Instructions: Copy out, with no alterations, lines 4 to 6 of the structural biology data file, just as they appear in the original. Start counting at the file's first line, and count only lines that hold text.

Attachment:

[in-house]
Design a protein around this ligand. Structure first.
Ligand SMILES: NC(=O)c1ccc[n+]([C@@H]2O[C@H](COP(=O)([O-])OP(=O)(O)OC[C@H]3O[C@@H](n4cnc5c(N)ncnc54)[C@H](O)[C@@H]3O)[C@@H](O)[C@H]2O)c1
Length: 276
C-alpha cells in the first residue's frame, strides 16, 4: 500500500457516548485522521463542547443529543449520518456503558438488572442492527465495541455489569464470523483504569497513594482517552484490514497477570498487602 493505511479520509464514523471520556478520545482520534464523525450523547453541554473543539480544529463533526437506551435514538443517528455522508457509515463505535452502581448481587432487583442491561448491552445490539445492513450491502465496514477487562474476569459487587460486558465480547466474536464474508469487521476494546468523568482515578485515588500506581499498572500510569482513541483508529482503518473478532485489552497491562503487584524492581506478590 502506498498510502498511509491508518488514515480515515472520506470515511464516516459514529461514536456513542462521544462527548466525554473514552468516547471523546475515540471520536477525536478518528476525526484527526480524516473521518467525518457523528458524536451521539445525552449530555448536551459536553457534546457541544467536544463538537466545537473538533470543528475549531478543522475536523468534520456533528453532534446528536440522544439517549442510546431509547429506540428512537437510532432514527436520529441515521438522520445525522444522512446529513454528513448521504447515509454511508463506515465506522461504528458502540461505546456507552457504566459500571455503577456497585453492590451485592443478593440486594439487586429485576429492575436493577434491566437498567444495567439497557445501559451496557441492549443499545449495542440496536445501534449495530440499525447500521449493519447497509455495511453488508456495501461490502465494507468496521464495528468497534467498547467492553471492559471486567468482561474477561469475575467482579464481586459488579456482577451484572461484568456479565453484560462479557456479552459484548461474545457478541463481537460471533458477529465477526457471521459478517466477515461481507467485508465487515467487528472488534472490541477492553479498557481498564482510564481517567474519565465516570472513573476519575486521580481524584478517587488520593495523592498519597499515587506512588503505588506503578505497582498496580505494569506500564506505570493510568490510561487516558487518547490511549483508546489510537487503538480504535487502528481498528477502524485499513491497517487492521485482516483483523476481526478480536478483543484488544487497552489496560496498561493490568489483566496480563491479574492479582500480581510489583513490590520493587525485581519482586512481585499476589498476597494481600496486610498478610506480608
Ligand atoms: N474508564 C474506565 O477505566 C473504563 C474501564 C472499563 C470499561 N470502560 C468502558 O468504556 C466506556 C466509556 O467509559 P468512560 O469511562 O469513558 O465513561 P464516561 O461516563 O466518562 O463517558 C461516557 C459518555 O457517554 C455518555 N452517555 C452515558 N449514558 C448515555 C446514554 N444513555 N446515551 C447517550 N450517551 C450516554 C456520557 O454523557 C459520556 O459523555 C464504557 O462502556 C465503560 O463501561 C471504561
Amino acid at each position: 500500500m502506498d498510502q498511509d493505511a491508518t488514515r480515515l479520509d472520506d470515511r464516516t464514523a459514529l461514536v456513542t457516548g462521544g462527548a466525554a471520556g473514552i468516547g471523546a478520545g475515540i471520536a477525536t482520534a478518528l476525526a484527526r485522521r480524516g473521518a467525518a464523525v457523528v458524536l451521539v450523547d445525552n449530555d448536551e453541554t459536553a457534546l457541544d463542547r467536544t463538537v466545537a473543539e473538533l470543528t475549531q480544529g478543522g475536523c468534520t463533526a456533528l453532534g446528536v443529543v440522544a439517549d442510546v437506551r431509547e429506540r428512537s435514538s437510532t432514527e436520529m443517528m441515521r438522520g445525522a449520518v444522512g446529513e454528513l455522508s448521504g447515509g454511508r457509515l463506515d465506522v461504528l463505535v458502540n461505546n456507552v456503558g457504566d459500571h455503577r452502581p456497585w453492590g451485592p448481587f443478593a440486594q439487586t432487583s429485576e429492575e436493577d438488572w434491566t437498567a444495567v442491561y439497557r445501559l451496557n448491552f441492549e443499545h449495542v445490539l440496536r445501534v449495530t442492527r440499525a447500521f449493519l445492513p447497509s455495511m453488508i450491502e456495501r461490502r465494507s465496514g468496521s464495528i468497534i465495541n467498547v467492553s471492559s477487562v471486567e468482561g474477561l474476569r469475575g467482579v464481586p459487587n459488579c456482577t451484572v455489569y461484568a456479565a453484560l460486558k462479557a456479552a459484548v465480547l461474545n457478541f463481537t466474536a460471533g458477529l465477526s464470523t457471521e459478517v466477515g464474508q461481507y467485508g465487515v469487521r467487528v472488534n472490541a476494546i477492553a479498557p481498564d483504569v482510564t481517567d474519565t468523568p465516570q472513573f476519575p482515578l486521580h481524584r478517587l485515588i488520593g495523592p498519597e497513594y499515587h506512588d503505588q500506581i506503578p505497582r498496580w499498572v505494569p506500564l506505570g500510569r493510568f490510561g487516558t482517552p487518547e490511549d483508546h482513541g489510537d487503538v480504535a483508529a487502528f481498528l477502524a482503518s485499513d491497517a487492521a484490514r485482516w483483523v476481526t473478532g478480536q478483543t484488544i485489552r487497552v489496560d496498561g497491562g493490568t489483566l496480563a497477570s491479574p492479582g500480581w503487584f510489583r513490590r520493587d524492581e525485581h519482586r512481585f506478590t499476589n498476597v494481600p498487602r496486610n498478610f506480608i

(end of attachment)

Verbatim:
Length: 276
C-alpha cells in the first residue's frame, strides 16, 4: 500500500457516548485522521463542547443529543449520518456503558438488572442492527465495541455489569464470523483504569497513594482517552484490514497477570498487602 493505511479520509464514523471520556478520545482520534464523525450523547453541554473543539480544529463533526437506551435514538443517528455522508457509515463505535452502581448481587432487583442491561448491552445490539445492513450491502465496514477487562474476569459487587460486558465480547466474536464474508469487521476494546468523568482515578485515588500506581499498572500510569482513541483508529482503518473478532485489552497491562503487584524492581506478590 502506498498510502498511509491508518488514515480515515472520506470515511464516516459514529461514536456513542462521544462527548466525554473514552468516547471523546475515540471520536477525536478518528476525526484527526480524516473521518467525518457523528458524536451521539445525552449530555448536551459536553457534546457541544467536544463538537466545537473538533470543528475549531478543522475536523468534520456533528453532534446528536440522544439517549442510546431509547429506540428512537437510532432514527436520529441515521438522520445525522444522512446529513454528513448521504447515509454511508463506515465506522461504528458502540461505546456507552457504566459500571455503577456497585453492590451485592443478593440486594439487586429485576429492575436493577434491566437498567444495567439497557445501559451496557441492549443499545449495542440496536445501534449495530440499525447500521449493519447497509455495511453488508456495501461490502465494507468496521464495528468497534467498547467492553471492559471486567468482561474477561469475575467482579464481586459488579456482577451484572461484568456479565453484560462479557456479552459484548461474545457478541463481537460471533458477529465477526457471521459478517466477515461481507467485508465487515467487528472488534472490541477492553479498557481498564482510564481517567474519565465516570472513573476519575486521580481524584478517587488520593495523592498519597499515587506512588503505588506503578505497582498496580505494569506500564506505570493510568490510561487516558487518547490511549483508546489510537487503538480504535487502528481498528477502524485499513491497517487492521485482516483483523476481526478480536478483543484488544487497552489496560496498561493490568489483566496480563491479574492479582500480581510489583513490590520493587525485581519482586512481585499476589498476597494481600496486610498478610506480608
Ligand atoms: N474508564 C474506565 O477505566 C473504563 C474501564 C472499563 C470499561 N470502560 C468502558 O468504556 C466506556 C466509556 O467509559 P468512560 O469511562 O469513558 O465513561 P464516561 O461516563 O466518562 O463517558 C461516557 C459518555 O457517554 C455518555 N452517555 C452515558 N449514558 C448515555 C446514554 N444513555 N446515551 C447517550 N450517551 C450516554 C456520557 O454523557 C459520556 O459523555 C464504557 O462502556 C465503560 O463501561 C471504561